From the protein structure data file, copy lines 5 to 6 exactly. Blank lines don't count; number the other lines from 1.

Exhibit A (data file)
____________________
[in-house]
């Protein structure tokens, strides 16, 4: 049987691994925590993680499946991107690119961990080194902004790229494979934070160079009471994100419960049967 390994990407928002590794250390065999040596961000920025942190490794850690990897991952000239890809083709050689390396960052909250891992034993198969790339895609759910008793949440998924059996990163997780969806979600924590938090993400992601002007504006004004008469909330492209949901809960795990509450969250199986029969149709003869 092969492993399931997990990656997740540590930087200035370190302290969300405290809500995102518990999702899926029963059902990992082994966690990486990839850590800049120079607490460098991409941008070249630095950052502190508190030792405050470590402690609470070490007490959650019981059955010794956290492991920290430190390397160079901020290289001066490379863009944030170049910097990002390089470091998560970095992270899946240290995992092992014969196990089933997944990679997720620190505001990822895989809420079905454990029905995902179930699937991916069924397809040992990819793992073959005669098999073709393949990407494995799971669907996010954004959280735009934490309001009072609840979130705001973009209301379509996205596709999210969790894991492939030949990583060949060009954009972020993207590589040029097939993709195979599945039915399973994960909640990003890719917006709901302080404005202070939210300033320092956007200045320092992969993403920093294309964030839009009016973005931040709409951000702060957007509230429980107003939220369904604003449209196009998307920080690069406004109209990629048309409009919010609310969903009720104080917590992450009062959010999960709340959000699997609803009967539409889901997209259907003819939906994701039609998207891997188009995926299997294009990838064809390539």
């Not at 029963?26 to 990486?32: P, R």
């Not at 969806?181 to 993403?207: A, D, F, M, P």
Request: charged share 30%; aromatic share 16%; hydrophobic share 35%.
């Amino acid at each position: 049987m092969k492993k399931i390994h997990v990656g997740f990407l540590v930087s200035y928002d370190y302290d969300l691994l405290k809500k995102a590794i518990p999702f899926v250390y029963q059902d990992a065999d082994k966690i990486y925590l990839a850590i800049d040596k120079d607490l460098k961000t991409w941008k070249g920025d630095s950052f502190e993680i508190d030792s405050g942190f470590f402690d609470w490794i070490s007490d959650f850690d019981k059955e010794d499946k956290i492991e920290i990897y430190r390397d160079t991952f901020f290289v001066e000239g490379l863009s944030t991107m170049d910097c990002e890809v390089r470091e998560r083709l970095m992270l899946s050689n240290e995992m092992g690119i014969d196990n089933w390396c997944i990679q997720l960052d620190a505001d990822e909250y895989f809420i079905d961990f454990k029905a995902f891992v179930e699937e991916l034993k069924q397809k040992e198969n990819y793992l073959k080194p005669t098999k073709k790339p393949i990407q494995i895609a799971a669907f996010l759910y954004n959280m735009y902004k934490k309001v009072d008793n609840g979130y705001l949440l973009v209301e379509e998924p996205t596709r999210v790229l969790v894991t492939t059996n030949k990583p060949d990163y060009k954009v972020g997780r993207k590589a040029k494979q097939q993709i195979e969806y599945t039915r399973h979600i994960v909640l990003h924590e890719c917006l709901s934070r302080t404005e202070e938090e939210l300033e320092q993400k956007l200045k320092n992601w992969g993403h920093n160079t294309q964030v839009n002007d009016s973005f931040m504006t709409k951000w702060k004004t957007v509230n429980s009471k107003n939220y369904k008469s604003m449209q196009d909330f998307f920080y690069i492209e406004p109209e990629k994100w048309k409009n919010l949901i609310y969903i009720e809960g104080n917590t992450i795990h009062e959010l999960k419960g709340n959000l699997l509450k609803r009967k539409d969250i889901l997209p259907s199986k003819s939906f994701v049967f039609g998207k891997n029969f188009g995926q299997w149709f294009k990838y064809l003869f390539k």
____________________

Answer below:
Request: charged share 30%; aromatic share 16%; hydrophobic share 35%.
């Amino acid at each position: 049987m092969k492993k399931i390994h997990v990656g997740f990407l540590v930087s200035y928002d370190y302290d969300l691994l405290k809500k995102a590794i518990p999702f899926v250390y029963q059902d990992a065999d082994k966690i990486y925590l990839a850590i800049d040596k120079d607490l460098k961000t991409w941008k070249g920025d630095s950052f502190e993680i508190d030792s405050g942190f470590f402690d609470w490794i070490s007490d959650f850690d019981k059955e010794d499946k956290i492991e920290i990897y430190r390397d160079t991952f901020f290289v001066e000239g490379l863009s944030t991107m170049d910097c990002e890809v390089r470091e998560r083709l970095m992270l899946s050689n240290e995992m092992g690119i014969d196990n089933w390396c997944i990679q997720l960052d620190a505001d990822e909250y895989f809420i079905d961990f454990k029905a995902f891992v179930e699937e991916l034993k069924q397809k040992e198969n990819y793992l073959k080194p005669t098999k073709k790339p393949i990407q494995i895609a799971a669907f996010l759910y954004n959280m735009y902004k934490k309001v009072d008793n609840g979130y705001l949440l973009v209301e379509e998924p996205t596709r999210v790229l969790v894991t492939t059996n030949k990583p060949d990163y060009k954009v972020g997780r993207k590589a040029k494979q097939q993709i195979e969806y599945t039915r399973h979600i994960v909640l990003h924590e890719c917006l709901s934070r302080t404005e202070e938090e939210l300033e320092q993400k956007l200045k320092n992601w992969g993403h920093n160079t294309q964030v839009n002007d009016s973005f931040m504006t709409k951000w702060k004004t957007v509230n429980s009471k107003n939220y369904k008469s604003m449209q196009d909330f998307f920080y690069i492209e406004p109209e990629k994100w048309k409009n919010l949901i609310y969903i009720e809960g104080n917590t992450i795990h009062e959010l999960k419960g709340n959000l699997l509450k609803r009967k539409d969250i889901l997209p259907s199986k003819s939906f994701v049967f039609g998207k891997n029969f188009g995926q299997w149709f294009k990838y064809l003869f390539k």